The seismic vessel Oruc Reis' arrival on Monday in a disputed area of the eastern Mediterranean, following Turkey's announcement it was resuming energy exploration work, has reignited tensions between two NATO allies with a long history of discord.
Turkey has also launched a two-day naval drill to the east and south of Rhodes and Kastellorizo, signaling that it won’t accept any agreement or move that would limit its own maritime interests in the waters.
The Turkish naval exercise was first announced on August 6 -- the same day Egypt and Greece signed an agreement laying out the maritime boundary between their exclusive economic zones.
The eastern Mediterranean has become an energy hot spot with big finds for European Union member Cyprus and Egypt in recent years, and Turkey’s push to secure a share of the resources has exacerbated strains.
Turkey had earlier put exploration in the area on hold at the request of German Chancellor Angela Merkel to make it easier for her to mediate. Germany on Monday warned Ankara that unilateral action in territorial disputes with Greece could strain its ties with the EU.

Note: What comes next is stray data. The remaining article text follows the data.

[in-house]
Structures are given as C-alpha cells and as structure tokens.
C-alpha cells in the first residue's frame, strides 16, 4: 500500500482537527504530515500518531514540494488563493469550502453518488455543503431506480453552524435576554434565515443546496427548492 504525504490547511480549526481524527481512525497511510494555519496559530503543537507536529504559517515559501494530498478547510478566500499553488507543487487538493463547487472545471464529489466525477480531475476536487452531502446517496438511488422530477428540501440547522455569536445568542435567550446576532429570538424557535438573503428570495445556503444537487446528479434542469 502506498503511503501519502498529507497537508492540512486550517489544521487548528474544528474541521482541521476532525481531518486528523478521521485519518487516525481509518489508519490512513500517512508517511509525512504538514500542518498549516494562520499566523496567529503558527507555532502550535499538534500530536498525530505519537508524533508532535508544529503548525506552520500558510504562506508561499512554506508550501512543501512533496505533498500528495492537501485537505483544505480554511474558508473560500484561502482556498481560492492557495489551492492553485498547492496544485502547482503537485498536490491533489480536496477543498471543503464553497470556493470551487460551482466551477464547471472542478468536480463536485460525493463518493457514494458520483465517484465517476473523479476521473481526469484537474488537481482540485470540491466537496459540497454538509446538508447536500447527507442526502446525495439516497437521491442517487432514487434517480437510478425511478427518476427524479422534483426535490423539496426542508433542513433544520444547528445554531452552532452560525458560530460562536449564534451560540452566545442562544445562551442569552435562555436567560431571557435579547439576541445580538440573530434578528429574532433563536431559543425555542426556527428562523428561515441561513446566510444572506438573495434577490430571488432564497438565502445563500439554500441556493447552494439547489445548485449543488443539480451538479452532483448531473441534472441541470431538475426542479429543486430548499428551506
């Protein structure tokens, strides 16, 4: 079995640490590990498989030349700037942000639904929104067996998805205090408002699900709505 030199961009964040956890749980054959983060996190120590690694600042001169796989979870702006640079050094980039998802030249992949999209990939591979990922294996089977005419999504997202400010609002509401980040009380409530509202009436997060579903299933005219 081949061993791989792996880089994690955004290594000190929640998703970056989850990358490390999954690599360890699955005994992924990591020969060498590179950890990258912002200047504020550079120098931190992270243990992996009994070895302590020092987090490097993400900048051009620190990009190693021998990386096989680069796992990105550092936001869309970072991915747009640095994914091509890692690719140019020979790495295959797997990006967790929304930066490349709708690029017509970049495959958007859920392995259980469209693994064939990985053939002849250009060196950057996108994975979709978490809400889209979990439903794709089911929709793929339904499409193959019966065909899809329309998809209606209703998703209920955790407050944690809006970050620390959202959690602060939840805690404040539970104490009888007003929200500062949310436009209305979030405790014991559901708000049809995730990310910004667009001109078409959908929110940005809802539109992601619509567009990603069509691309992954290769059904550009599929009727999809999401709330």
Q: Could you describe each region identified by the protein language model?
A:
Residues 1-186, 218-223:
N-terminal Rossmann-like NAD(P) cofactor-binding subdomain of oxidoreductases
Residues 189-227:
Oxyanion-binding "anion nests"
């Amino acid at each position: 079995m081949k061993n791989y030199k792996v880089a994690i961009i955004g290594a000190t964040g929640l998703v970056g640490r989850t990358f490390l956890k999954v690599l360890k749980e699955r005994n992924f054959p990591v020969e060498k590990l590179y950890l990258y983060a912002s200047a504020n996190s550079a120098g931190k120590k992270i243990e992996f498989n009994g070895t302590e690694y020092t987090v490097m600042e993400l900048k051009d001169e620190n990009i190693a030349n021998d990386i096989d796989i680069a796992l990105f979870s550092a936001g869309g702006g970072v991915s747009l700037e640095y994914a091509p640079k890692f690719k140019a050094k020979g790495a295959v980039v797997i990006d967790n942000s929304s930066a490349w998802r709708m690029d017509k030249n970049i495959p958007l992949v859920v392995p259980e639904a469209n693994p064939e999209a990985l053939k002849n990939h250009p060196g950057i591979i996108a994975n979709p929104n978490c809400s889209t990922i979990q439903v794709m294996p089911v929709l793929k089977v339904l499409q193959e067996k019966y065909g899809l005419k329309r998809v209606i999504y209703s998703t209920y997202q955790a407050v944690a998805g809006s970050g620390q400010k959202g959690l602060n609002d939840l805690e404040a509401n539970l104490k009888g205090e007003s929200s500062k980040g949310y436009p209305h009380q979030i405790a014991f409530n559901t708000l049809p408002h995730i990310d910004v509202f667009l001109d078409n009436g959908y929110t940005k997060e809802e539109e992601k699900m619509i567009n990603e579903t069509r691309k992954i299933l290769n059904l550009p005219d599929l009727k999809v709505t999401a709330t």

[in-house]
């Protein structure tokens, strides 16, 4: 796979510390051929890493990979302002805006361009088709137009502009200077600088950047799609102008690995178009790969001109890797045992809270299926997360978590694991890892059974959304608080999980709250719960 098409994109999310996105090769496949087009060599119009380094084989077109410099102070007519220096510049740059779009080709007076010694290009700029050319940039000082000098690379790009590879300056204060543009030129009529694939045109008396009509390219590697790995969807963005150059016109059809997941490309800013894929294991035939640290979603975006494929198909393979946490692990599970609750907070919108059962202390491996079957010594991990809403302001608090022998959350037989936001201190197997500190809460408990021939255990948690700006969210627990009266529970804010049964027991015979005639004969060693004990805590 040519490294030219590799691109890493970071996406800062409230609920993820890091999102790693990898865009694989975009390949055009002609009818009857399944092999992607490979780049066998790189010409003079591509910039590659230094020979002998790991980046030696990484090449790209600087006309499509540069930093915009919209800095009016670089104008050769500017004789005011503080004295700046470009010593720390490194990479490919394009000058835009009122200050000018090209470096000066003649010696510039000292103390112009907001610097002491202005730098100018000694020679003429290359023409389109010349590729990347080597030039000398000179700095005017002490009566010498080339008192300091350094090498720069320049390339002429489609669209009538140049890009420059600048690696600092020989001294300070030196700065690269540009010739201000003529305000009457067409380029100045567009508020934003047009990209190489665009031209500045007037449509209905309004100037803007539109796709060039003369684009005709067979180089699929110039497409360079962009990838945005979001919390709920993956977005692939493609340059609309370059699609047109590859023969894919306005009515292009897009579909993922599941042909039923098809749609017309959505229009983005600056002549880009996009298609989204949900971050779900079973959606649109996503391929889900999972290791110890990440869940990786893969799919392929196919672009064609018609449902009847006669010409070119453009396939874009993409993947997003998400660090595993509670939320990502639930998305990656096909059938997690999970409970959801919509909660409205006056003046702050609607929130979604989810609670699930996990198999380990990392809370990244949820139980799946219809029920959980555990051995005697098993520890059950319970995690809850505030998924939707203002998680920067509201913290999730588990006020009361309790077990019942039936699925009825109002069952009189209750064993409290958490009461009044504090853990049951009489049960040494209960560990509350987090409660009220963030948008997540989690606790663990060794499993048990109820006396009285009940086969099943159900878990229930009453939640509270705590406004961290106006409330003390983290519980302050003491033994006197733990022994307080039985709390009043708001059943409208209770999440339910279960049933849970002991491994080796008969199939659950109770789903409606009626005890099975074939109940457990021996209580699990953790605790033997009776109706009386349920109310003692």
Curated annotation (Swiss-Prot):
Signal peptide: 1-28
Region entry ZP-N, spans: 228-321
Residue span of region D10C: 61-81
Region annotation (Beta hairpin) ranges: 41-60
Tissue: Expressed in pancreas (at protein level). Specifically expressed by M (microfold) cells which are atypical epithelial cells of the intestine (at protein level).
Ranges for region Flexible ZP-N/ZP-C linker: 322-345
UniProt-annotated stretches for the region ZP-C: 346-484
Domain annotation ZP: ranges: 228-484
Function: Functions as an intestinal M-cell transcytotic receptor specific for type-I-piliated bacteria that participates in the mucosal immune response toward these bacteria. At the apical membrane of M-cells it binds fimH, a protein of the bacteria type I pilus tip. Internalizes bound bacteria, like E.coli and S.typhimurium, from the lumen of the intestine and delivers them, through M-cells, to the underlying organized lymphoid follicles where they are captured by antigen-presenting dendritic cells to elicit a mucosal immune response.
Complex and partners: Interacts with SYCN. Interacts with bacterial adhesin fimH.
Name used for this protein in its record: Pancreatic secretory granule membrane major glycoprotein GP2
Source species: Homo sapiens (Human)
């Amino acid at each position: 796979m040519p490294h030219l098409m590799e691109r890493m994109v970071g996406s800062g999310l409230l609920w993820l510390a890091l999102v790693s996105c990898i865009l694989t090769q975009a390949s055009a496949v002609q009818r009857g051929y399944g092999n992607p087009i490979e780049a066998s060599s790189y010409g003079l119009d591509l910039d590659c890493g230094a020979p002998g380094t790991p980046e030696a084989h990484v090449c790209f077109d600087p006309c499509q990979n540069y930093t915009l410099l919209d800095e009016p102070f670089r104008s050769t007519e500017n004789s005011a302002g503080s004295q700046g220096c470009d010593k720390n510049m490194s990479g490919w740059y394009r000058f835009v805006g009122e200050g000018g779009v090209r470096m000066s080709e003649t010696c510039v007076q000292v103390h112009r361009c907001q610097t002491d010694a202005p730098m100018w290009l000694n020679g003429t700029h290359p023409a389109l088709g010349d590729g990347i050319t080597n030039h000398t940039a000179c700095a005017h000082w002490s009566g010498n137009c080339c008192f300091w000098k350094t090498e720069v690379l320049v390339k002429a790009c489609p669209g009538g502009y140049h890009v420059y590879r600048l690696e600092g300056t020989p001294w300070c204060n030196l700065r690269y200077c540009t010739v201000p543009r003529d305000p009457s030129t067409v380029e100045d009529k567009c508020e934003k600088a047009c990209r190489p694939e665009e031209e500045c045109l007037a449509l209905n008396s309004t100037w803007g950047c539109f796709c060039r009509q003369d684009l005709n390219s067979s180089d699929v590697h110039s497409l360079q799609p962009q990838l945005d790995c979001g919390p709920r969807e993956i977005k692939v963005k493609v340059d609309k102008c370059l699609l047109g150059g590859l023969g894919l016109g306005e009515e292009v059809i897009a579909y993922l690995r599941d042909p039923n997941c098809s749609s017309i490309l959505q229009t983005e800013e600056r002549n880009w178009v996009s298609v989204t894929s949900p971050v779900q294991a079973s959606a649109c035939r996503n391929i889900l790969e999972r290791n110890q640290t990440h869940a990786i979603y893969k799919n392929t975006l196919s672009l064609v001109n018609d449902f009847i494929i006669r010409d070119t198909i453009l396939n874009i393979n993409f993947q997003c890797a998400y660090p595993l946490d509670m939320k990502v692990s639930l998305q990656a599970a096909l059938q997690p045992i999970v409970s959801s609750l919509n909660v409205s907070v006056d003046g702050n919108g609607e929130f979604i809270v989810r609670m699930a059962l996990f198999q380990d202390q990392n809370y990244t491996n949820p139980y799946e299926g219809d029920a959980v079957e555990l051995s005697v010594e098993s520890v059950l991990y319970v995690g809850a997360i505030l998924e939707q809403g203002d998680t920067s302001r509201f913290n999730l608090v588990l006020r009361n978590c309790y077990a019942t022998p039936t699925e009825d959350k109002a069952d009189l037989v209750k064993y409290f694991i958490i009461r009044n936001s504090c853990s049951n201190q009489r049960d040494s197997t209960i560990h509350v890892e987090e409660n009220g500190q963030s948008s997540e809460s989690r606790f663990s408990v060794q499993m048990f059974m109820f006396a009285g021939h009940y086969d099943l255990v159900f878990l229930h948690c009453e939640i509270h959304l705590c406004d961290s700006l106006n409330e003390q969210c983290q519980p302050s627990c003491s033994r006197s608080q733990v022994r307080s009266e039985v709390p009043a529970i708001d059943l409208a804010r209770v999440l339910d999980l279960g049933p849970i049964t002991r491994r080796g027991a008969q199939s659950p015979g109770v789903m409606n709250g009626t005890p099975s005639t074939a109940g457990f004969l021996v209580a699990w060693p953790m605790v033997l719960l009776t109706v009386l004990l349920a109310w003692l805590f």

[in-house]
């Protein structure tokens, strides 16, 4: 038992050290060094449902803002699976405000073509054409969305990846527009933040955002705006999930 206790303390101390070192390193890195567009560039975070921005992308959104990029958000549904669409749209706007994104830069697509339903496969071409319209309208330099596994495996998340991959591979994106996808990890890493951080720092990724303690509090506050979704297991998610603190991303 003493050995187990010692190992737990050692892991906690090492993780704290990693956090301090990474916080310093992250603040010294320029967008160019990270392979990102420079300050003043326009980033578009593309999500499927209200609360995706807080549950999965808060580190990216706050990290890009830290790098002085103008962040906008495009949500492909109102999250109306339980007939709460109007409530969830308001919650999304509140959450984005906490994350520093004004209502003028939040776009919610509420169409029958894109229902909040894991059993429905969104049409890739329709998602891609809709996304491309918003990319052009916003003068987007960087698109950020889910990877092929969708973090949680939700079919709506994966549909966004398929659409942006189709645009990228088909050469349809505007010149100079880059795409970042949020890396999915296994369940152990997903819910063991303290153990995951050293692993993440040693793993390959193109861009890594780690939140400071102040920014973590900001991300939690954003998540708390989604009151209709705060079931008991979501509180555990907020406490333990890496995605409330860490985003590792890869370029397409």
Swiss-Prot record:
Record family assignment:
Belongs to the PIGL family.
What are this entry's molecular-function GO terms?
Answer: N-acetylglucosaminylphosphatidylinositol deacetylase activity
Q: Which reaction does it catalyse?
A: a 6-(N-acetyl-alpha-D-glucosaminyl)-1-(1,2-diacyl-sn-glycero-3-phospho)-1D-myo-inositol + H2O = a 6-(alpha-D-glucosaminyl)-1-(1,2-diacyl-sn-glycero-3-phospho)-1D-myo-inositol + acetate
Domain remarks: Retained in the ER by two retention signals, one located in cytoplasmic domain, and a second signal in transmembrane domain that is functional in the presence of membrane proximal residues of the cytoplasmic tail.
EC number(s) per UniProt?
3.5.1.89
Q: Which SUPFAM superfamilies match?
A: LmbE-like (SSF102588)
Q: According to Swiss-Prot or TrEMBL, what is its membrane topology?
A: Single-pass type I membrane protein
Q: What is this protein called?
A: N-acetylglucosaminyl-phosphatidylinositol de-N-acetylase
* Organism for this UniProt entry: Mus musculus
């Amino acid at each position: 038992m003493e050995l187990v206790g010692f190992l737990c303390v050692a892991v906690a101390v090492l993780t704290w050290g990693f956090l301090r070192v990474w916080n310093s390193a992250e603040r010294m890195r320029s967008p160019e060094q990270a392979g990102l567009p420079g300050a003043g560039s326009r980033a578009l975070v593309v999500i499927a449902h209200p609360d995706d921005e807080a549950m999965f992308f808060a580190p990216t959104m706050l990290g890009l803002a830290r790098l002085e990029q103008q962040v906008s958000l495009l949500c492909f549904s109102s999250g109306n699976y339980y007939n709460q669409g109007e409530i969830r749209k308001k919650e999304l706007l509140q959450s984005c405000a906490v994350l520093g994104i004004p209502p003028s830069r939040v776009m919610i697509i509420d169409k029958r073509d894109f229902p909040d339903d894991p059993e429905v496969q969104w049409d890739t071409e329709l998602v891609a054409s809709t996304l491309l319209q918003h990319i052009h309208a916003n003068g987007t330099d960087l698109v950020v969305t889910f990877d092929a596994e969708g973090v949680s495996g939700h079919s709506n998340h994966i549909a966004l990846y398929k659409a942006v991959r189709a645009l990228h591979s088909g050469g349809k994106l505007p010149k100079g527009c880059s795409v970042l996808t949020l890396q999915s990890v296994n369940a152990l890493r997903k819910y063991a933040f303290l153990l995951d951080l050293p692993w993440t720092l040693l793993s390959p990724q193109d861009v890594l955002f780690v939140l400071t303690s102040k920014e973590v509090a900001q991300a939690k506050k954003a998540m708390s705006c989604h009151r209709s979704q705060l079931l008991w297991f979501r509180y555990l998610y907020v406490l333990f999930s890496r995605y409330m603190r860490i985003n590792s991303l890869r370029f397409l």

Turkish President Recep Tayyip Erdogan recently denounced a maritime deal between Greece and Egypt in the eastern Mediterranean as “worthless,” saying his country will resume its controversial oil and gas exploration in the area.
Speaking after Friday prayers in the recently-reconverted Hagia Sophia Mosque, Erdogan said the deal was a supposed response to Turkey’s maritime agreement with Libya’s internationally-recognized government that had been reached last year.